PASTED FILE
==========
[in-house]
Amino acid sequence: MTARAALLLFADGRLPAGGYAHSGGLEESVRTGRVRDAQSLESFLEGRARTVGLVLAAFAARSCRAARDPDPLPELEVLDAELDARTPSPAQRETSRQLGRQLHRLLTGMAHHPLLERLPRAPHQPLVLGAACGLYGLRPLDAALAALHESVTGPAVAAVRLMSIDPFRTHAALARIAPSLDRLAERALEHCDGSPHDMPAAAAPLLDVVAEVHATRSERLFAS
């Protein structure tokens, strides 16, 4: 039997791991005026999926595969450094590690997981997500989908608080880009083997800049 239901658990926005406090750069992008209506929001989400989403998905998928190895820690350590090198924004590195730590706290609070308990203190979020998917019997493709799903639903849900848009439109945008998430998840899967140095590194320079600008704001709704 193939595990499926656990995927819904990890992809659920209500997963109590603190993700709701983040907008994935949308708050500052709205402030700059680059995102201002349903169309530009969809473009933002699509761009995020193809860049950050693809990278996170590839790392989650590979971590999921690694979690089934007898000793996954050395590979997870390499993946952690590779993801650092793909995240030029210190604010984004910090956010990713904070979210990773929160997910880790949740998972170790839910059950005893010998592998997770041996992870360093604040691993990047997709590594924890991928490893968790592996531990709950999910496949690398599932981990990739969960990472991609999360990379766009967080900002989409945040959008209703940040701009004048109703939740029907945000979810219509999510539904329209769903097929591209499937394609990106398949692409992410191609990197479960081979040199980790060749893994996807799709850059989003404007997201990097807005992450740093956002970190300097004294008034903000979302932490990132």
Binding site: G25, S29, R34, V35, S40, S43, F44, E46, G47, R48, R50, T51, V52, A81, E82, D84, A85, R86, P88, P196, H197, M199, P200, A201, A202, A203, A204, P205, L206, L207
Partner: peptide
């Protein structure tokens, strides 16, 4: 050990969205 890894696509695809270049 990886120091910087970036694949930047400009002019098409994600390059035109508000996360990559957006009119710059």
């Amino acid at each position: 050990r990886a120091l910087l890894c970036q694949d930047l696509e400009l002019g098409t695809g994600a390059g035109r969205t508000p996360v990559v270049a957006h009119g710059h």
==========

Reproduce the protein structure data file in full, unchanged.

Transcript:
[in-house]
Amino acid sequence: MTARAALLLFADGRLPAGGYAHSGGLEESVRTGRVRDAQSLESFLEGRARTVGLVLAAFAARSCRAARDPDPLPELEVLDAELDARTPSPAQRETSRQLGRQLHRLLTGMAHHPLLERLPRAPHQPLVLGAACGLYGLRPLDAALAALHESVTGPAVAAVRLMSIDPFRTHAALARIAPSLDRLAERALEHCDGSPHDMPAAAAPLLDVVAEVHATRSERLFAS
């Protein structure tokens, strides 16, 4: 039997791991005026999926595969450094590690997981997500989908608080880009083997800049 239901658990926005406090750069992008209506929001989400989403998905998928190895820690350590090198924004590195730590706290609070308990203190979020998917019997493709799903639903849900848009439109945008998430998840899967140095590194320079600008704001709704 193939595990499926656990995927819904990890992809659920209500997963109590603190993700709701983040907008994935949308708050500052709205402030700059680059995102201002349903169309530009969809473009933002699509761009995020193809860049950050693809990278996170590839790392989650590979971590999921690694979690089934007898000793996954050395590979997870390499993946952690590779993801650092793909995240030029210190604010984004910090956010990713904070979210990773929160997910880790949740998972170790839910059950005893010998592998997770041996992870360093604040691993990047997709590594924890991928490893968790592996531990709950999910496949690398599932981990990739969960990472991609999360990379766009967080900002989409945040959008209703940040701009004048109703939740029907945000979810219509999510539904329209769903097929591209499937394609990106398949692409992410191609990197479960081979040199980790060749893994996807799709850059989003404007997201990097807005992450740093956002970190300097004294008034903000979302932490990132």
Binding site: G25, S29, R34, V35, S40, S43, F44, E46, G47, R48, R50, T51, V52, A81, E82, D84, A85, R86, P88, P196, H197, M199, P200, A201, A202, A203, A204, P205, L206, L207
Partner: peptide
């Protein structure tokens, strides 16, 4: 050990969205 890894696509695809270049 990886120091910087970036694949930047400009002019098409994600390059035109508000996360990559957006009119710059």
């Amino acid at each position: 050990r990886a120091l910087l890894c970036q694949d930047l696509e400009l002019g098409t695809g994600a390059g035109r969205t508000p996360v990559v270049a957006h009119g710059h």